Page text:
Appeal from the United States District Court for the Southern District of Texas. D.C. DOCKET NUMBER CA-C-89-166. Mag. Eduardo E. de Ases
Before Politz, Chief Judge, Goldberg and Jones, Circuit Judges.
Omaha Indemnity Insurance Company appeals an adverse judgment on verdict in this action by Harry Spence and Nancy Fortner which raises both ex contractu and ex delicto claims. We affirm.
Spence and Fortner, then husband and wife, purchased a Standard Flood Insurance Policy (SFIP) from Omaha, through sales agent Whitney-Vaky, Inc. Omaha provides flood insurance through the National Flood Insurance Program (NFIP) under an agreement with the Federal Emergency Management Agency (FEMA), which authorizes it to operate as a "Write-Your-Own" (WYO) insurance company.*fn1 On April 11, 1985, heavy rains flooded the Spence basement, damaging furniture, appliances, and other belongings therein, and damaging the basement itself. Roy Yoakum, a claims adjuster, surveyed the damage a few days later. The Spences claimed that repair of damage to the basement, not including damage to contents, would cost $92,500. Relying on a policy exclusion for "finished basement walls, floors, ceilings and other improvement to a basement ... and contents, machinery, building equipment and fixtures in such basement," on May 15, 1985, Omaha issued a notice denying the Spences' claim. The Spences contend that they relied upon representations by Whitney-Vaky and Yoakum about the coverage under the SFIP and, as a result, suffered substantial losses.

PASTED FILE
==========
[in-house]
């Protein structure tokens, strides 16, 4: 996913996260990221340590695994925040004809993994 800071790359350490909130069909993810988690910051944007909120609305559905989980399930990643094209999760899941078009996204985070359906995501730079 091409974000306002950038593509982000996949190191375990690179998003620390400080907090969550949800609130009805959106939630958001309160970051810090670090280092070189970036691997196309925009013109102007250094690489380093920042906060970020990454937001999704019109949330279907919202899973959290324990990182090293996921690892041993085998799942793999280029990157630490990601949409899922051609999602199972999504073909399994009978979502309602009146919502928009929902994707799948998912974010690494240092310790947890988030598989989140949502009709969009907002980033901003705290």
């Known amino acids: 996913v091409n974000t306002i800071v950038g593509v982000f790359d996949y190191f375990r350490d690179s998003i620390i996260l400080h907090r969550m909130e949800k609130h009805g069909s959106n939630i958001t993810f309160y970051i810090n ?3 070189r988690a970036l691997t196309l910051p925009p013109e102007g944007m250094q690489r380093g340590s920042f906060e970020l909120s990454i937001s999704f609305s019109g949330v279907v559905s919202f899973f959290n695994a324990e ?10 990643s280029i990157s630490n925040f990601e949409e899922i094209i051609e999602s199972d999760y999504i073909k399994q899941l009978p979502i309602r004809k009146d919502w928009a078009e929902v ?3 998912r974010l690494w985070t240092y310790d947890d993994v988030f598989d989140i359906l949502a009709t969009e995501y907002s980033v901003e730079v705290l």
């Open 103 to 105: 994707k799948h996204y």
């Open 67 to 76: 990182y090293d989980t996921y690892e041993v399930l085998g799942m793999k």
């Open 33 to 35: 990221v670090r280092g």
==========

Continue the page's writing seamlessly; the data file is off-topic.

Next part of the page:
The Spences filed the instant action on May 10, 1989,*fn2 alleging breach of the insurance contract and fraud arising out of representations by Whitney-Vaky and Yoakum.*fn3 The district court denied Omaha's motion for summary judgment on statute of limitations grounds. The parties consented to trial before a magistrate Judge and the case was submitted to the jury on both fraud and contract theories of liability. The jury answered special interrogatories finding that: (1) Whitney-Vaky and Yoakum were agents of Omaha; (2) both made misrepresentations to the Spences concerning the scope of their insurance coverage upon which the Spences justifiably relied; (3) ambiguity in the policy should be resolved favorably to the Spences; and (4) the Spences suffered a loss of $84,123.30. The trial court denied post-trial motions for judgment as a matter of law and for new trial and entered judgment upon the verdict, awarding damages as found by the jury and pre- and post-judgment interest and costs. Omaha timely appealed.
1. Statute of Limitations
Omaha first faults the district court's refusal to dismiss the Spences' claims as barred by applicable limitations periods. In support of its position, Omaha invites our attention to Article VIII(Q) of the SFIP, which provides:
You may not sue [the WYO insurer] to recover money under this policy unless you have complied with all the requirements of the policy. If you do sue, you must start the suit within twelve (12) months from the date we mailed you notice that we have denied your claim, or a part of your claim.*fn4
Omaha also points out that, under 42 U.S.C. § 4072,
upon the disallowance by the Director of any [claim under a flood insurance policy], or upon the refusal of the claimant to accept the amount allowed upon any such claim, the claimant, within one year after the date of mailing of notice of disallowance or partial disallowance by the Director, may institute an action against the Director on such claim.*fn5
Omaha argues that these provisions establish a one-year limitation period which, rather than the four-year period provided for by Texas law,*fn6 controls in this case and bars the Spences' contract and misrepresentation claims.*fn7 Because the district court entered judgment on alternative bases of liability, ...